A state audit found similar breakdowns. And in a push for broader accountability, Gov. Gavin Newsom signed a law that would require the CSU system to disclose the outcome of sexual harassment cases and investigations.

The CSU is the largest four-year public university system in the nation. It has previously said that it will make changes to its handling of complaints and is hiring additional staff to improve its investigative process.

“Transforming culture is not easy or quick. It takes time and significant resources,” Board Chair Wenda Fong told The Times last year.

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Black couple overcomes racism to rent to Chinese family, who show gratitude by paying rent.

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Decades ago, in the early 1900s, racism and discriminatory housing practices plagued the town of Coronado, barring many individuals from living in certain neighborhoods based on their race. In the midst of this oppressive era, an inspiring story of resilience and generosity unfolded between two families — the Thompsons, a Black couple, and the Dongs, a Chinese family.

Gus and Emma Thompson, who were among the few Black families to own property in Coronado before racial restrictions took hold, defied the norms of the time by renting their house to the Dong family. Lloyd Dong Sr., a Chinese immigrant, and his wife found solace in the Thompsons’ willingness to offer them a place to call home despite the racist barriers they faced.

Fast forward 85 years later, the sons of Lloyd Dong Sr., Ron Dong, and Lloyd Dong Jr., have decided to pay forward the kindness shown to their family by donating $5 million from the sale of the house they eventually owned to San Diego State University’s Black Resource Center. This generous gift will help expand scholarships for Black students and fund renovations at the center, creating a lasting impact on the community.

Exterior view of a single-story home

The Dongs’ family house in Coronado, originally the home of the Thompsons.

(Courtesy of Janice Dong)

This heartwarming tale of intergenerational gratitude highlights the resilience and spirit of unity that transcends racial boundaries. Brandon Gamble, the director of the Black Resource Center, expressed the profound impact of this donation on the community, emphasizing the importance of stories that challenge racism and foster a sense of camaraderie.

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Reflecting on the legacy of his father and the Thompsons, Ron Dong shared, “That was the big plus for our family, because it has made all the difference for us.” The intertwined histories of the Thompson and Dong families serve as a testament to the power of empathy and solidarity in the face of adversity.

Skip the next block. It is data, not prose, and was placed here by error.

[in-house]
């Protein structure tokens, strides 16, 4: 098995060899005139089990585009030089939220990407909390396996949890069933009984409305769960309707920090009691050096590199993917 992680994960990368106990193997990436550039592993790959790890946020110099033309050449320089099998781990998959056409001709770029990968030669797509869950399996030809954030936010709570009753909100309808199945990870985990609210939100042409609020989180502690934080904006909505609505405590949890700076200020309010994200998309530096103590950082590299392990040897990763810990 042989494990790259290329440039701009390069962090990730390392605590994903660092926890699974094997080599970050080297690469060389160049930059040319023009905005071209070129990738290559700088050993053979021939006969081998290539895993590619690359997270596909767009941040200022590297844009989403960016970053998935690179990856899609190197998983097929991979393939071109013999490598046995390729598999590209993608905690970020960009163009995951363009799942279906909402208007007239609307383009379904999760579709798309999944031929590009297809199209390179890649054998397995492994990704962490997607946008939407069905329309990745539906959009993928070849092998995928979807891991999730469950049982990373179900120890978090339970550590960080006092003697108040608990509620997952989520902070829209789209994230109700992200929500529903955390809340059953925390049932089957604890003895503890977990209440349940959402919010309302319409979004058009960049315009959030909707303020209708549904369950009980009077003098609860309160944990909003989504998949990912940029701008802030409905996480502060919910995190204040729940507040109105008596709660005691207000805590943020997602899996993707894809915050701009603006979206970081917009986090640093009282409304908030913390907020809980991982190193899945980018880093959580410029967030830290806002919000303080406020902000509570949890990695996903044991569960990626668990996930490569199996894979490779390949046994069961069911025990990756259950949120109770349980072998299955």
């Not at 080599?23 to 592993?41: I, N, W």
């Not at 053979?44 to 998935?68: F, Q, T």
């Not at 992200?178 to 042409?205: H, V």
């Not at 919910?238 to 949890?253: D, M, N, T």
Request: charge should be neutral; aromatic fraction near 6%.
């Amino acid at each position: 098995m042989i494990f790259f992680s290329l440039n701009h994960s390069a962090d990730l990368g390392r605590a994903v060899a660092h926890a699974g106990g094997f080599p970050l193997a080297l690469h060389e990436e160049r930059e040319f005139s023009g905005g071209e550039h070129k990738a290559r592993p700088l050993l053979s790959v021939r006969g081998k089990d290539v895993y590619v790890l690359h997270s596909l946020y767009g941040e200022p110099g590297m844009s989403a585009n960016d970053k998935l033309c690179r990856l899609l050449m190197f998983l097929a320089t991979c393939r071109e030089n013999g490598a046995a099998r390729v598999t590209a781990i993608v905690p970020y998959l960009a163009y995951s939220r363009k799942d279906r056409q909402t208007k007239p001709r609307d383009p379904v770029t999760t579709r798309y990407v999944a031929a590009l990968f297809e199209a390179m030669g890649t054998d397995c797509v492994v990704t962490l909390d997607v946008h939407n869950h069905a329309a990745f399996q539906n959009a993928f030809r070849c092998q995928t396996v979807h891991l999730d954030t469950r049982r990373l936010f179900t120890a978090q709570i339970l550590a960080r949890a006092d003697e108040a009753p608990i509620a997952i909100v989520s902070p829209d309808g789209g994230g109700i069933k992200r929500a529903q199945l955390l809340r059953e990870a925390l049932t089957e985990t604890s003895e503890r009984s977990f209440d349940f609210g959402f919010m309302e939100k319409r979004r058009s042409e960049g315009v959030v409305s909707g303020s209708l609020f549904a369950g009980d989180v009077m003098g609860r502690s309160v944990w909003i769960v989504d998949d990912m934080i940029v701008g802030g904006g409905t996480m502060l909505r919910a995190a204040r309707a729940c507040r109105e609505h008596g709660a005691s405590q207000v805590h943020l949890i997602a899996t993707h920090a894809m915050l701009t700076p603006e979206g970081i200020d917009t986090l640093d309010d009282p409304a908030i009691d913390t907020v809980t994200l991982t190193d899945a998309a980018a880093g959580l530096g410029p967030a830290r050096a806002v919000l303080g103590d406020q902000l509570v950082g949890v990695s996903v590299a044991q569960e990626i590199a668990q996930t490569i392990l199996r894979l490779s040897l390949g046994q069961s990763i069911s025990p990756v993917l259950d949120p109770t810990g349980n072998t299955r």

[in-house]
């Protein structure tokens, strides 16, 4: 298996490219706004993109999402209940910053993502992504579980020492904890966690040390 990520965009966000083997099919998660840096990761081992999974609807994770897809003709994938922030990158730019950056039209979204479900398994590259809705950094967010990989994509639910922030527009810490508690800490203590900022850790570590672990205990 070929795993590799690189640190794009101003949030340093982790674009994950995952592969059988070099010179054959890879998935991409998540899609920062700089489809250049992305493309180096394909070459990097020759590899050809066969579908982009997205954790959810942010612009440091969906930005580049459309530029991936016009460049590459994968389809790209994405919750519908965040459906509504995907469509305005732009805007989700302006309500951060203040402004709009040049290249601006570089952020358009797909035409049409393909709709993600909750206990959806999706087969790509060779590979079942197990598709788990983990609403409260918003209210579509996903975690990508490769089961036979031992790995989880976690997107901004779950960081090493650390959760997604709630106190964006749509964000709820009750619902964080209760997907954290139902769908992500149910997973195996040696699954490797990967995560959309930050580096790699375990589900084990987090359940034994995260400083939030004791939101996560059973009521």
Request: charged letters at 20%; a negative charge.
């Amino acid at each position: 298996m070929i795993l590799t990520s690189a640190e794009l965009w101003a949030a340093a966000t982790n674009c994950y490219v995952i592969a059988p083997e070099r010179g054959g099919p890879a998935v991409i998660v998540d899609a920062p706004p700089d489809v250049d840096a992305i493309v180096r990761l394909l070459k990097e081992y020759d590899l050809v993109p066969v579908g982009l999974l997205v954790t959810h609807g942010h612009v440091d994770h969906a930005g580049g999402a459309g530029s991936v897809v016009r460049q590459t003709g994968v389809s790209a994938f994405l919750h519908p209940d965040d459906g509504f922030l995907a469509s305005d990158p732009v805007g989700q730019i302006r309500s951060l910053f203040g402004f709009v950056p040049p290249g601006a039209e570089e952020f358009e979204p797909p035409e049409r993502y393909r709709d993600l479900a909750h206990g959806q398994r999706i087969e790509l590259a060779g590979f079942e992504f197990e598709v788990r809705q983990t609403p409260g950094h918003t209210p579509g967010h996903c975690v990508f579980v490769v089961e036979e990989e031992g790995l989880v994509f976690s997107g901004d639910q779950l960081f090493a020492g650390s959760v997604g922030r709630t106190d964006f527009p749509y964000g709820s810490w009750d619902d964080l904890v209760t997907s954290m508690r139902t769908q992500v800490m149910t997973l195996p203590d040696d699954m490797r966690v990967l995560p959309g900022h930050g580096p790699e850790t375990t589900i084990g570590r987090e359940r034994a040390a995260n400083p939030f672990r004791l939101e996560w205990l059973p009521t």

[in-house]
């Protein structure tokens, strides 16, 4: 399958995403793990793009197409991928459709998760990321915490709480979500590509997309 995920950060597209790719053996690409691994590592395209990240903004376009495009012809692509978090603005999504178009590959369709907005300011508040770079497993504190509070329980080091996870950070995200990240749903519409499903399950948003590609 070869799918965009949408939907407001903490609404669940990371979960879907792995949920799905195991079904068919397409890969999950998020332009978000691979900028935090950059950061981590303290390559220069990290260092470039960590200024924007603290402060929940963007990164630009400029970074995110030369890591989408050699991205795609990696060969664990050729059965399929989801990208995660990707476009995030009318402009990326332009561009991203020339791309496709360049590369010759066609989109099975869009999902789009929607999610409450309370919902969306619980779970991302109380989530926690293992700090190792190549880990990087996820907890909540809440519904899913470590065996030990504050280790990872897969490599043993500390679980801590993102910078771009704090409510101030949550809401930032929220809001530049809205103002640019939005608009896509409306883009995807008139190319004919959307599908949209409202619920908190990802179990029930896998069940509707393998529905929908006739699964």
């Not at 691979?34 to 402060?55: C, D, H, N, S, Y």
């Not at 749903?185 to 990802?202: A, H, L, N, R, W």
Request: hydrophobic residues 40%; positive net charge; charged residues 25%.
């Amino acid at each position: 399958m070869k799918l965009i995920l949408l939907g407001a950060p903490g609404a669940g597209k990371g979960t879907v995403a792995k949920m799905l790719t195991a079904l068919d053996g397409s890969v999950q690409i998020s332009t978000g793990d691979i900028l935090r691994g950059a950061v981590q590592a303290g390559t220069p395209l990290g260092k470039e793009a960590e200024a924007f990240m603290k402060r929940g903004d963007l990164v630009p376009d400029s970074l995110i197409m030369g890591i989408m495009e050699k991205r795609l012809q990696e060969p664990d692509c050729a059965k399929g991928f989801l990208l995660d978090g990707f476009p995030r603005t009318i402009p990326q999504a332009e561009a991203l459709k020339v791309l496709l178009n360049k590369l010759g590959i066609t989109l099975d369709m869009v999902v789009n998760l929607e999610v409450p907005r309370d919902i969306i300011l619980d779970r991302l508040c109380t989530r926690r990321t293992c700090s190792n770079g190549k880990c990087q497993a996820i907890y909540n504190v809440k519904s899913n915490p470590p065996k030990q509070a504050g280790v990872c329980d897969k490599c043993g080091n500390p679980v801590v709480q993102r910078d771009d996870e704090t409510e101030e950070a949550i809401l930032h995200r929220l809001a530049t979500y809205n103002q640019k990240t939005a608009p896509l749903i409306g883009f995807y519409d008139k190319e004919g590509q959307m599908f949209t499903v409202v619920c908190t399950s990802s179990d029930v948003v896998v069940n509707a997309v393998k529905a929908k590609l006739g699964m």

Gus Thompson’s journey from slavery to becoming a respected community leader in Coronado, coupled with Emma Thompson’s advocacy for civil rights, exemplifies the resilience and determination of marginalized communities to thrive in the face of oppression.

Gus Thompson in 1947.

Gus Thompson in 1947.

(Norman Baynard Collection / San Diego History Center)

The legacy of allyship and support exemplified by the Thompsons extends to their willingness to assist Asian Americans facing similar discriminatory practices. This act of solidarity echoes the sentiment that in times of oppression, helping others regardless of race is not just a gesture but a necessity.

As the Dong family embraced their new home in Coronado, overcoming discrimination and forging their path to homeownership, they carried forward the spirit of resilience and unity shown to them by the Thompsons. The bond between these two families serves as a beacon of hope and inspiration in a society marred with division and prejudice.

The Hotel del Coronado, a Victorian-style beach resort outside San Diego, and tent city on the beach, 1908.

The Hotel del Coronado, a Victorian-style beach resort outside San Diego, and a tent city on the beach, 1908.

(Smith Collection / Gado / Getty Images)

The resilience and determination displayed by the Dong family in the face of discrimination, coupled with their unwavering commitment to education and community upliftment, exemplify the triumph of the human spirit over adversity. The decision to give back to the community through education underscores the transformative power of generosity and empathy in creating a more inclusive and equitable society.

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As the Dongs’ generous donation paves the way for future generations to access educational opportunities and resources, their story serves as a beacon of hope and inspiration for all who strive to overcome adversity and champion unity in the face of division.